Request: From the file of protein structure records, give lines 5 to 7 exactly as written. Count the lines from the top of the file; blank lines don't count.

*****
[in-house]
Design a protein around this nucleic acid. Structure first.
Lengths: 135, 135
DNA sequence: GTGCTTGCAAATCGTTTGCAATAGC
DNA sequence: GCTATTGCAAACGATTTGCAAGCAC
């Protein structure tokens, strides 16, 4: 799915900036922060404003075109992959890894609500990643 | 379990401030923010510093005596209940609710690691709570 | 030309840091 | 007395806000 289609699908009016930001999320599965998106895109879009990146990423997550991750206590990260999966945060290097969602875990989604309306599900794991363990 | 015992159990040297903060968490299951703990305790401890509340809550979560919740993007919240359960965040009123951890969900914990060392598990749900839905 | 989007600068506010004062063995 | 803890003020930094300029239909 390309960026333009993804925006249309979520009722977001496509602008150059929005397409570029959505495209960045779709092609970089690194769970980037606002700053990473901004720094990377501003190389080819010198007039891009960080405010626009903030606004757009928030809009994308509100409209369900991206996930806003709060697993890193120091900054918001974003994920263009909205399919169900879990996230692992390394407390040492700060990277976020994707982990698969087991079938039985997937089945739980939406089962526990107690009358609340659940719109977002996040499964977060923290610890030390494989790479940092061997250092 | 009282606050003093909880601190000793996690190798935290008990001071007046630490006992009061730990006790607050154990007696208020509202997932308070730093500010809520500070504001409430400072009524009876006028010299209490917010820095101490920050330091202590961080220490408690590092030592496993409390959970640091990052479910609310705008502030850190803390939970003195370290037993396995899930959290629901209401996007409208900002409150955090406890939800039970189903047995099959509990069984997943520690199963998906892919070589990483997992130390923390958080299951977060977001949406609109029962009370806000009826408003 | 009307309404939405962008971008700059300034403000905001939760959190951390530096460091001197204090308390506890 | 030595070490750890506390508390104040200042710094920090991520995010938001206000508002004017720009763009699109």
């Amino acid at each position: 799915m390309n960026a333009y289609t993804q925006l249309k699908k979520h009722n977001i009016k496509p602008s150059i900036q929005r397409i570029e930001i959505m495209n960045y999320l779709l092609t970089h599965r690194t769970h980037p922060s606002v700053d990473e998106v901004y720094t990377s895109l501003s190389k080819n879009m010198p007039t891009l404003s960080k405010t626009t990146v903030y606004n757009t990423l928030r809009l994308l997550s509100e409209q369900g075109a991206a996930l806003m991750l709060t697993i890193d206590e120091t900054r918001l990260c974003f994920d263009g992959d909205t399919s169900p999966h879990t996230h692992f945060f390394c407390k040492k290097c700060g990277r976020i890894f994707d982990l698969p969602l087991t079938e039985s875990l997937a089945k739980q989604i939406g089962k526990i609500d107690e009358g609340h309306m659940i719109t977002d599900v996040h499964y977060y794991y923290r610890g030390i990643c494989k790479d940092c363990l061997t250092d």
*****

DNA sequence: GCTATTGCAAACGATTTGCAAGCAC
């Protein structure tokens, strides 16, 4: 799915900036922060404003075109992959890894609500990643 | 379990401030923010510093005596209940609710690691709570 | 030309840091 | 007395806000 289609699908009016930001999320599965998106895109879009990146990423997550991750206590990260999966945060290097969602875990989604309306599900794991363990 | 015992159990040297903060968490299951703990305790401890509340809550979560919740993007919240359960965040009123951890969900914990060392598990749900839905 | 989007600068506010004062063995 | 803890003020930094300029239909 390309960026333009993804925006249309979520009722977001496509602008150059929005397409570029959505495209960045779709092609970089690194769970980037606002700053990473901004720094990377501003190389080819010198007039891009960080405010626009903030606004757009928030809009994308509100409209369900991206996930806003709060697993890193120091900054918001974003994920263009909205399919169900879990996230692992390394407390040492700060990277976020994707982990698969087991079938039985997937089945739980939406089962526990107690009358609340659940719109977002996040499964977060923290610890030390494989790479940092061997250092 | 009282606050003093909880601190000793996690190798935290008990001071007046630490006992009061730990006790607050154990007696208020509202997932308070730093500010809520500070504001409430400072009524009876006028010299209490917010820095101490920050330091202590961080220490408690590092030592496993409390959970640091990052479910609310705008502030850190803390939970003195370290037993396995899930959290629901209401996007409208900002409150955090406890939800039970189903047995099959509990069984997943520690199963998906892919070589990483997992130390923390958080299951977060977001949406609109029962009370806000009826408003 | 009307309404939405962008971008700059300034403000905001939760959190951390530096460091001197204090308390506890 | 030595070490750890506390508390104040200042710094920090991520995010938001206000508002004017720009763009699109």
């Amino acid at each position: 799915m390309n960026a333009y289609t993804q925006l249309k699908k979520h009722n977001i009016k496509p602008s150059i900036q929005r397409i570029e930001i959505m495209n960045y999320l779709l092609t970089h599965r690194t769970h980037p922060s606002v700053d990473e998106v901004y720094t990377s895109l501003s190389k080819n879009m010198p007039t891009l404003s960080k405010t626009t990146v903030y606004n757009t990423l928030r809009l994308l997550s509100e409209q369900g075109a991206a996930l806003m991750l709060t697993i890193d206590e120091t900054r918001l990260c974003f994920d263009g992959d909205t399919s169900p999966h879990t996230h692992f945060f390394c407390k040492k290097c700060g990277r976020i890894f994707d982990l698969p969602l087991t079938e039985s875990l997937a089945k739980q989604i939406g089962k526990i609500d107690e009358g609340h309306m659940i719109t977002d599900v996040h499964y977060y794991y923290r610890g030390i990643c494989k790479d940092c363990l061997t250092d």